"Now, as a master herbalist and aroma-therapist, and as someone who has lectured extensively on natural health, anatomy and physiology I know a thing or two about plants, and how people perceive them. So, based upon what I know about how living cells function, these are my insights."Wow, I'm impressed already. There's nothing like self-appointed experts. He seems to be bragging about how much he's talked about these topics rather than how much he actually knows about them. He also seems to think that "expertise" in one area somehow makes you an expert in another.
"Like all living things wine cells have a magnetic polarity, just like humans and the Earth. The positive pole is more highly charged, just like the North Pole of the Earth, which is why there are Northern Lights in the Arctic Circle, but not Southern Lights in the Antarctic."Wine cells? WTF?? Strangely, his broad expertise don't extend to the Earth's magnetosphere as he's never heard of the aurora australis.
"Because plant molecules are mostly liquid, when they form they are also subject to the electromagnetic forces that are a component of the rotation of the Earth. As a result, the pores on the surface of the molecules develop based on that rotation, like the shingles on a roof."Pores on the surface of molecules??? He goes on to make a comparison to the nap of hair.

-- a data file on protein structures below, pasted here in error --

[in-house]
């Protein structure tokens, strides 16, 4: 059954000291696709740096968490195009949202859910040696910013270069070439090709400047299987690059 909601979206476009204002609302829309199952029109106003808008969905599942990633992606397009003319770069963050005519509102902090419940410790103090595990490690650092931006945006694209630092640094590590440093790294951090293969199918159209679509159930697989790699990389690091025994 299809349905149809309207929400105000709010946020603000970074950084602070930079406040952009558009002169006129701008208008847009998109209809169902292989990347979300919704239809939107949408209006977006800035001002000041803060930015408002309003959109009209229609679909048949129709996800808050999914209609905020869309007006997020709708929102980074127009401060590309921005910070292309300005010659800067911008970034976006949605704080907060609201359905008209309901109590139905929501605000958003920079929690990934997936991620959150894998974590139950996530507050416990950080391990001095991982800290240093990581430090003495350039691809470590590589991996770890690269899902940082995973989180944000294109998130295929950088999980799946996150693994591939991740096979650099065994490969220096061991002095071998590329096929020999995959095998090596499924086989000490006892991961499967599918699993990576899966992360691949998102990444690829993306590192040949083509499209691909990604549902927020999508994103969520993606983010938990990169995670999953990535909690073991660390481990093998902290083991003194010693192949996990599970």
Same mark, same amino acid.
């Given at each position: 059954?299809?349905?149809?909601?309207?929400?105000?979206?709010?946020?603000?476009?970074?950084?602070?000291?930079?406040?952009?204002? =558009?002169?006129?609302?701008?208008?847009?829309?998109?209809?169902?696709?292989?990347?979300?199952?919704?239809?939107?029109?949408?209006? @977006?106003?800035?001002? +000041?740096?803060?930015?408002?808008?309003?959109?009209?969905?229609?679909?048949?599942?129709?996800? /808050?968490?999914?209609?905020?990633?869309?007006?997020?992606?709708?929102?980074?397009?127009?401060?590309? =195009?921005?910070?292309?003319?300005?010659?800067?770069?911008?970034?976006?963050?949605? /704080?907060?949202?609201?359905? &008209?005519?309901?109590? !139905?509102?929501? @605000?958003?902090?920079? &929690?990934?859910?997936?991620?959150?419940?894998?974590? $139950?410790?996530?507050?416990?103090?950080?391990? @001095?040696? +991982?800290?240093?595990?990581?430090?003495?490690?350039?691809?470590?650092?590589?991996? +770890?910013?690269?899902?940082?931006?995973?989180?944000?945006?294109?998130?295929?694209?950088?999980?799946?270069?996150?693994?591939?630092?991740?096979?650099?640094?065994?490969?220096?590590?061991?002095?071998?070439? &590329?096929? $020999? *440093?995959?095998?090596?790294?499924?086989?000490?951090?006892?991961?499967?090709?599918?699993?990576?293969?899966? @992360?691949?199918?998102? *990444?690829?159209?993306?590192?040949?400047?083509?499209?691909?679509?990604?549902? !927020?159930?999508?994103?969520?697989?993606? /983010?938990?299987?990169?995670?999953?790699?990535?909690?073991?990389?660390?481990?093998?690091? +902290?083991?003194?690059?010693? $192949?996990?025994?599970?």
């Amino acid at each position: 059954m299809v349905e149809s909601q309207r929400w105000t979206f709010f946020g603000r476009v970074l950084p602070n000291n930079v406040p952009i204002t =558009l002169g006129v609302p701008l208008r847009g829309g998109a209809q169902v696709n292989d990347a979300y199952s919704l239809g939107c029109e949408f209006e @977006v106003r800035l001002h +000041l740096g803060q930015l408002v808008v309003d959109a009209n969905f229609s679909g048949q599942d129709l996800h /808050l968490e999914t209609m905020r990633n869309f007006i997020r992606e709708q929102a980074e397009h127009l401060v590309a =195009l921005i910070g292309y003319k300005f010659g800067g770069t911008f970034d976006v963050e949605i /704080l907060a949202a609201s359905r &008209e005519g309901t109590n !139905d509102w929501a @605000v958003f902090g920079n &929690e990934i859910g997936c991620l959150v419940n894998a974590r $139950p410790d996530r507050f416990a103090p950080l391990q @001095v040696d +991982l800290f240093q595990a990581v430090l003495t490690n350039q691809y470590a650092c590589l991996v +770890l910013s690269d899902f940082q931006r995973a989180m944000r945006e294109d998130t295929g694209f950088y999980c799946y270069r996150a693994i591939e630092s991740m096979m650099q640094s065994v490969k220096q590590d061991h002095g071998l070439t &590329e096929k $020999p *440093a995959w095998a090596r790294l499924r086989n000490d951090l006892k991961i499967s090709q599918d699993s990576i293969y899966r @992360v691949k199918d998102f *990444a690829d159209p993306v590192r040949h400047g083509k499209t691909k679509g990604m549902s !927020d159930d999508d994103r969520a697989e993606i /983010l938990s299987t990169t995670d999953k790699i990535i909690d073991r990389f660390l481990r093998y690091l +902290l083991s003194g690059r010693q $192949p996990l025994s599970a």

At least he clears up the "wine cells" thing in a follow-up article:
Someone quite rudely took exception with my use of the word cell, which is in fact incorrect. The proper term would be molecule or even atom. Everything has a polarity right down to the atomic level, and when put into suspension in a liquid it rotates in relation to that pole. Because we are on a planet that has both a polar system and a consistent rotation, everything forms with a pole and a circular patterning. Wind it one way and it tightens and wind it the other and it unwinds.Molecule, atom, what-the-fuck-ever. It all "winds" up the same.
Honestly this is just basic physics related to molecular science and plant chemistry, something which herbalists and herbal researchers deal with all the time. A pretty sober group of people. By the way, I've done an informal study of this and my hyper-sensitive clients all notice the difference in the swirl directions and the nature of the scents.Bottom line: herbalist = <insert whatever professional scientific field here>
The fundamental claim would be ridiculously easy to disprove in a double-blind test but I doubt if anyone would bother. It's too petty. Please note that I'm not quoting the complete articles here. You really need to read them for yourself (they're short). What a whopping load of stupid to start the day with.
Update: I completely forgot to mention Biodynamic wine:
Let us take the case of Preparation 502. Yarrow is used because, “Its homeopathic sulphur-content . . . enables the yarrow to ray out its influences to a greater distance and through large masses.” As for why we should put it in a stag’s bladder, Steiner gets to the heart of his discussion here: The bladder of the stag is connected . . . with the forces of the Cosmos. Nay, it is almost the image of the Cosmos. We thereby give the yarrow the power quite essentially to enhance the forces it already possesses, to combine the sulphur with the other substances."How could I not put that in? It's now a fundamental part of the wine industry.